Enjoy this post by Lubna Azmi, one of our Special Collections Freshman Fellows for the 2019-2020 academic year!
I spent my entire first year researching Black Activism at JHU only to find myself immersed in a reinvigorated revolution for freedom.
My decision to pursue research about Black history was rooted in the lack of education and discussion about it throughout my life. Racism was spoken about as an obsolete aspect of society that ended after the death of Martin Luther King. It was not until my senior year that I learned about the course of Black activism beyond integration. Even in classroom discussions about activists and revolutionaries like the Black Panthers, I felt that I was still not learning about the root causes of these issues and the ways to solve them. When the opportunity came to take on independent research, I knew that Freshmen Fellows was a first step to rightfully get educated.
Coronavirus cut my project short, but my final product, an oral history with former JHU student and activist (c/o ’61), Donald Perry was able to bring me into his past the way that reading archival documents was not able to do. I’m thankful to the Freshmen Fellows program for providing the opportunity that has now become a gateway to necessary knowledge and solutions to old, outdated, racist, and power-hungry institutions. Now, I’ve not only been able to view the movement for freedom from Mr. Perry’s perspective, but I am living, breathing, and consuming this knowledge everyday compared to when I had been engaging with it an hour a week.
The creation of any great movement is a mix of the wind and the wave. The wind being the constant efforts of abolitionists, scholars, and activists in their writing, their educating, and their organizing over years and years of preparation for the wave, being the moment when all that “blowing” has come together, merging with the buildup of fury caused by injustice to form the crest of change. Their wisdom and teachings flowed above the barriers our education systems put in place to prevent appropriately addressing racial injustice and are finally crashing into us in full force. In these three short weeks, the wave has taken me and millions of others on the ride leading us to extraordinary and imaginative solutions, like police and prison abolition, that break institutions built upon white supremacy.
There aren’t efforts made by American institutions to combat racism in all of its forms or to encourage creativity to construct new and fair systems. Pessimism is a creation of the white man to keep him and his power in place. This is one of the issues that has further perpetuated a hateful and violent system and traces back to why I decided to pursue my research in this area in the first place. In the oral history I conducted with Mr. Perry, he said, “You can’t really change unless institutions take a lead. People are happy with their lazy, prejudiced thinking unless you show them otherwise.” It must be the priority of our schools, universities, community spaces, and homes to implement methods and teach about how to battle and uproot racism, classism, misogyny, power, and white supremacy.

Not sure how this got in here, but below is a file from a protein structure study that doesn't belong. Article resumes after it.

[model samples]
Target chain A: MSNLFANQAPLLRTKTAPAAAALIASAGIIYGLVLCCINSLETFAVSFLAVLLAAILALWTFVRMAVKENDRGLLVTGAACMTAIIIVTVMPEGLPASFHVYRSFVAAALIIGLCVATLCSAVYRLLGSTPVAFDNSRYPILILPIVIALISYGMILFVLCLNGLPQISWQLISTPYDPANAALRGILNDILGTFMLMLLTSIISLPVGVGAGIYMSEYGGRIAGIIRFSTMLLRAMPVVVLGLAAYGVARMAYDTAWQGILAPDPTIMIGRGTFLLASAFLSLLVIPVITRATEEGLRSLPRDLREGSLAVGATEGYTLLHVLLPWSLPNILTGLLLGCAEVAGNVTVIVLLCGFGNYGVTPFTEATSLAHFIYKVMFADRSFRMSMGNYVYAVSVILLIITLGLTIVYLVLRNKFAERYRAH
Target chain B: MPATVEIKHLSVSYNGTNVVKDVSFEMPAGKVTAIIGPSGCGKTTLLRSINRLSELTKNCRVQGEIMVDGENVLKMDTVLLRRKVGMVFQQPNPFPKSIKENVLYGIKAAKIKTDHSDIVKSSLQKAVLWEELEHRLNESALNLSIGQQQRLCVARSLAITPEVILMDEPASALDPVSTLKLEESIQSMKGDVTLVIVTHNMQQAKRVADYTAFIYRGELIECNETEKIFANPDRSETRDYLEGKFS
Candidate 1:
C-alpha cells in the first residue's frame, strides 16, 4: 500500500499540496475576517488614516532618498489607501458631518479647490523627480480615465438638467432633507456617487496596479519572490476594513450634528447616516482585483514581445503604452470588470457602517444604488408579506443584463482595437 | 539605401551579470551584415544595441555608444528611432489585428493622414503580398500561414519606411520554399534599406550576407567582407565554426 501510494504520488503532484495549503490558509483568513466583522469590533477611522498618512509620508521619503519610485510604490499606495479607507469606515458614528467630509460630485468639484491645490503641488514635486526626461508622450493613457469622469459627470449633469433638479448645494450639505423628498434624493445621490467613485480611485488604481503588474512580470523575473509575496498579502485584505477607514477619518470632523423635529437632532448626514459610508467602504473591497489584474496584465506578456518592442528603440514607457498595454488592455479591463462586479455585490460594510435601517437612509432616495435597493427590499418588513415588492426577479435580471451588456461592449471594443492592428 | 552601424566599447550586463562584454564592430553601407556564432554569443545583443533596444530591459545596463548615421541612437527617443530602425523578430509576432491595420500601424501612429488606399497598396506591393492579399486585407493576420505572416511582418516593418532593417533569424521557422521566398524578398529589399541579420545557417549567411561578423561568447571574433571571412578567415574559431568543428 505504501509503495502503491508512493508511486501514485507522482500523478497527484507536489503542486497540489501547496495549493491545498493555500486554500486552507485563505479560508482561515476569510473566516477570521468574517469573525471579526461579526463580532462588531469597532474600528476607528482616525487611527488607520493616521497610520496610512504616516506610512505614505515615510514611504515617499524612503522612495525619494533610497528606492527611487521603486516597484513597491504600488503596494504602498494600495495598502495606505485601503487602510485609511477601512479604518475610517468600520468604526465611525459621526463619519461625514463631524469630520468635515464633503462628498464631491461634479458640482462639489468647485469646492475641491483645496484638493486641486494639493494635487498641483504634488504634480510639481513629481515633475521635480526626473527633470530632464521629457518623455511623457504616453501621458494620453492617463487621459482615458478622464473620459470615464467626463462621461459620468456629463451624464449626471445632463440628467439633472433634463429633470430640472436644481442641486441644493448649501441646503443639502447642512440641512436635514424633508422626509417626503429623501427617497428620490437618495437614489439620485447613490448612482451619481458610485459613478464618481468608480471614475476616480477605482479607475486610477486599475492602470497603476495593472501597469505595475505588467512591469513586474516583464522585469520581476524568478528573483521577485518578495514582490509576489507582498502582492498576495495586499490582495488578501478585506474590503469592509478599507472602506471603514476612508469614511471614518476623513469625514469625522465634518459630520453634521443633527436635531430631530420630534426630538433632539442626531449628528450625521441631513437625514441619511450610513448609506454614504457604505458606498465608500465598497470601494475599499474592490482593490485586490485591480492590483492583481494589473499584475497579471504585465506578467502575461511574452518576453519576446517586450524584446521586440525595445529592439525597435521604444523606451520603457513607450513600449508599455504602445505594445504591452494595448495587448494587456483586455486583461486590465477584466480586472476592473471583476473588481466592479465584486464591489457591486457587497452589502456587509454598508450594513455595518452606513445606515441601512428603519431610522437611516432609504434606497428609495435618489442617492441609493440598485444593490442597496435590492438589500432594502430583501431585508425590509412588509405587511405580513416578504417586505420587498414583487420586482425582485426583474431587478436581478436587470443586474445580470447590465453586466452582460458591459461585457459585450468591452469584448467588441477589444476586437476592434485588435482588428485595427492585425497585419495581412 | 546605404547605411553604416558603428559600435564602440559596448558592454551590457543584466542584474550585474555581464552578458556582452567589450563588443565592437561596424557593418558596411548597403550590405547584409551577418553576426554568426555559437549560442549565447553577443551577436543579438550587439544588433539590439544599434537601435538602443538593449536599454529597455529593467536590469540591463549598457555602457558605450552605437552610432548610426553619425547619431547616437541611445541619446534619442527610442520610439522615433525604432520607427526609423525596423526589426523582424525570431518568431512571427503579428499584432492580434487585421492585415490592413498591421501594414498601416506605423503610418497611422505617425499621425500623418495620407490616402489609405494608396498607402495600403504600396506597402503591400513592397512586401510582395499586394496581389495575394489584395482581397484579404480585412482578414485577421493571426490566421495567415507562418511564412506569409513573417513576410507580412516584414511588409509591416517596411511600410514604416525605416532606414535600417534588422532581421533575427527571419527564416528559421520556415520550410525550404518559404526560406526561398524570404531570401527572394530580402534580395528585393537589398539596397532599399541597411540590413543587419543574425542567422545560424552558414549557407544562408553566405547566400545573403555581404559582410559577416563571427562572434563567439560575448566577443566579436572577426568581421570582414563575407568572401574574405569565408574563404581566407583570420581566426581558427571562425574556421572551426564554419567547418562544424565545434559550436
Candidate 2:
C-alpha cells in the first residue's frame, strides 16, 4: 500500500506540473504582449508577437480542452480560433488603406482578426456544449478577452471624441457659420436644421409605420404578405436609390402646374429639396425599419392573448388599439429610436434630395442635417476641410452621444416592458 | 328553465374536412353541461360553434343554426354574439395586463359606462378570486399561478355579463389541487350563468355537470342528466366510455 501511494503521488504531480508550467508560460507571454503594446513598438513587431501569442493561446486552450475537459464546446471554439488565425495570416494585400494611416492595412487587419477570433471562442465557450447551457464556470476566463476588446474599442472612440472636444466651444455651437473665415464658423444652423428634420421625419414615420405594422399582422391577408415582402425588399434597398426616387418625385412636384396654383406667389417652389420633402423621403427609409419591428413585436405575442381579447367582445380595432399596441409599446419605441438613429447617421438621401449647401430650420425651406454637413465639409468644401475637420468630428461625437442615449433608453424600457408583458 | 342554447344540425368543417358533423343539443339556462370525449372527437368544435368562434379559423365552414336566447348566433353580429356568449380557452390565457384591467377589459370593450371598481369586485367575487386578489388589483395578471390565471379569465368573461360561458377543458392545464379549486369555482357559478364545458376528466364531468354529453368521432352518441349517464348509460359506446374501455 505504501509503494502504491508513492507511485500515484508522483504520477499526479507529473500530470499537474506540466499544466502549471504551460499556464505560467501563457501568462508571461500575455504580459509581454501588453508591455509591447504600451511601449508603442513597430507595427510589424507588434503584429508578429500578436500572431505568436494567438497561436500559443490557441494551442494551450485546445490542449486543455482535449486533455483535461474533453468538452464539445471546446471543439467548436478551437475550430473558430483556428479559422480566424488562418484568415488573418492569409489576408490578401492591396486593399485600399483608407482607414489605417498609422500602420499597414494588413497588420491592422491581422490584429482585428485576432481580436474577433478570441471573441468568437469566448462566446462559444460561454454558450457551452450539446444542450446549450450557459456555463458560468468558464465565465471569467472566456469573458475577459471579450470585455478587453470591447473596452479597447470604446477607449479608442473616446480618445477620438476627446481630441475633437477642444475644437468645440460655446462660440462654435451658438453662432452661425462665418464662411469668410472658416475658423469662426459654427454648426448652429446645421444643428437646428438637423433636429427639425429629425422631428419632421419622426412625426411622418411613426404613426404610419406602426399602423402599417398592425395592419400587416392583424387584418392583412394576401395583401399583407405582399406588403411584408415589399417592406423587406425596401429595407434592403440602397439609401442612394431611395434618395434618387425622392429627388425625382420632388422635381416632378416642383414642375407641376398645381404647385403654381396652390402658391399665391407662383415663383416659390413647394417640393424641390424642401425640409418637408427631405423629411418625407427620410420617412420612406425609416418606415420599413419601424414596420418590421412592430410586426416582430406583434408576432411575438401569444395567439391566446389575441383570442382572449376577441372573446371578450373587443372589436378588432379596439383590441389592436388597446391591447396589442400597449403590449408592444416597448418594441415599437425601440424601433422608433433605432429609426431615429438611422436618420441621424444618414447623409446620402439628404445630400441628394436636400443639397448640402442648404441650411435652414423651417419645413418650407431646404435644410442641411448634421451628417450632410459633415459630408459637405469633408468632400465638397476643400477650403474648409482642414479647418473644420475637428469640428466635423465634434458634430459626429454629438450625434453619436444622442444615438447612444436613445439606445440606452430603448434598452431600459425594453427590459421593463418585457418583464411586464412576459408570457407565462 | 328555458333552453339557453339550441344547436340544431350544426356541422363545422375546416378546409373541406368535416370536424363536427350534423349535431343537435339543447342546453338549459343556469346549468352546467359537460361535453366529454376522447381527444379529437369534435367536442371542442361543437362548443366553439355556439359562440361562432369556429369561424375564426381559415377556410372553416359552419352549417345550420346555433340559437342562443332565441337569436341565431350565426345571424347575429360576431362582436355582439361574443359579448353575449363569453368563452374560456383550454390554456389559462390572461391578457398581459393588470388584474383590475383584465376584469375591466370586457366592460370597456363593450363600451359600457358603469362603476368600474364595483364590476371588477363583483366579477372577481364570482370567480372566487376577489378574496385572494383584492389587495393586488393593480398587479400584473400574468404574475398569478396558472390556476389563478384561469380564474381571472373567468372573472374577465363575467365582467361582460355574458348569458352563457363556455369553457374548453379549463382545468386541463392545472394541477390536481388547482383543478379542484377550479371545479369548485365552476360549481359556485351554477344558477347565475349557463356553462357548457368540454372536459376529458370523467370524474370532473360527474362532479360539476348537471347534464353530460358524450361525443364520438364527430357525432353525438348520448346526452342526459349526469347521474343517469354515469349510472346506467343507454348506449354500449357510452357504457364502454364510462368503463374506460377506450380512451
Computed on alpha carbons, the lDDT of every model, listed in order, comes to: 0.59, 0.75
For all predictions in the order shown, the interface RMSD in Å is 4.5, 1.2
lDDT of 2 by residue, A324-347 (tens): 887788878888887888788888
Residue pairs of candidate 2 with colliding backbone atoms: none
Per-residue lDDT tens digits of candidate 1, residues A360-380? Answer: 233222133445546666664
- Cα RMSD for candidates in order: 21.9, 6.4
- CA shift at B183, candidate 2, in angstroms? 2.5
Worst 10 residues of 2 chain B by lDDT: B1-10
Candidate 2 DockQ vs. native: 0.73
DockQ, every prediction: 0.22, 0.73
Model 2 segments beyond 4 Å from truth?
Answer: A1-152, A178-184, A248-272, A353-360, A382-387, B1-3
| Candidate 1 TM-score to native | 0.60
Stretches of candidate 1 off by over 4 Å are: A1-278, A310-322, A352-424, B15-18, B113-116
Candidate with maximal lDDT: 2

To create equitable futures, we must learn from our history, but institutions have instead continued into the same modes of complacency, because that complacency is what serves their self-interest. If you speak to Black students and activists that attend Hopkins today, they would tell you the same things that Donald Perry spoke about in his interview. Mr. Perry was disgusted “with the lack of commitment by the university” to stand for justice. Current students would say the same. Mr. Perry was disregarded by many of his peers and faculty; current students would say the same.
Ava Duvernay’s documentary 13th, which examines how the criminal justice system disproportionately punishes people of color, ends with this quote from the founder of the Equal Justice Initiative, Bryan Stevenson:
People say all the time, ‘I don’t understand how people could’ve tolerated slavery; how could they have made peace with that? How did people make sense of segregation? If I was living at that time, I would have never tolerated anything like that.’ But the truth is, we are living at that time, and we are tolerating it.
My choice to examine the racial injustice staring us in the face instead of contemplating on my studying of the injustice of our university’s past was a deliberate one. We must listen to Donald Perry, to Martin Luther King, to Malcolm X but, we must hold the weight of ALL their words to the same value that we hold the demands of the students that were arrested at Garland, of Black communities on and off campus, of Angela Davis, of Tamika Mallory, of Tori Cooper. Our past is our present and the only way to move forward instead of in circles is to actively contribute our energies and efforts to build a future that achieves justice and freedom for ALL people.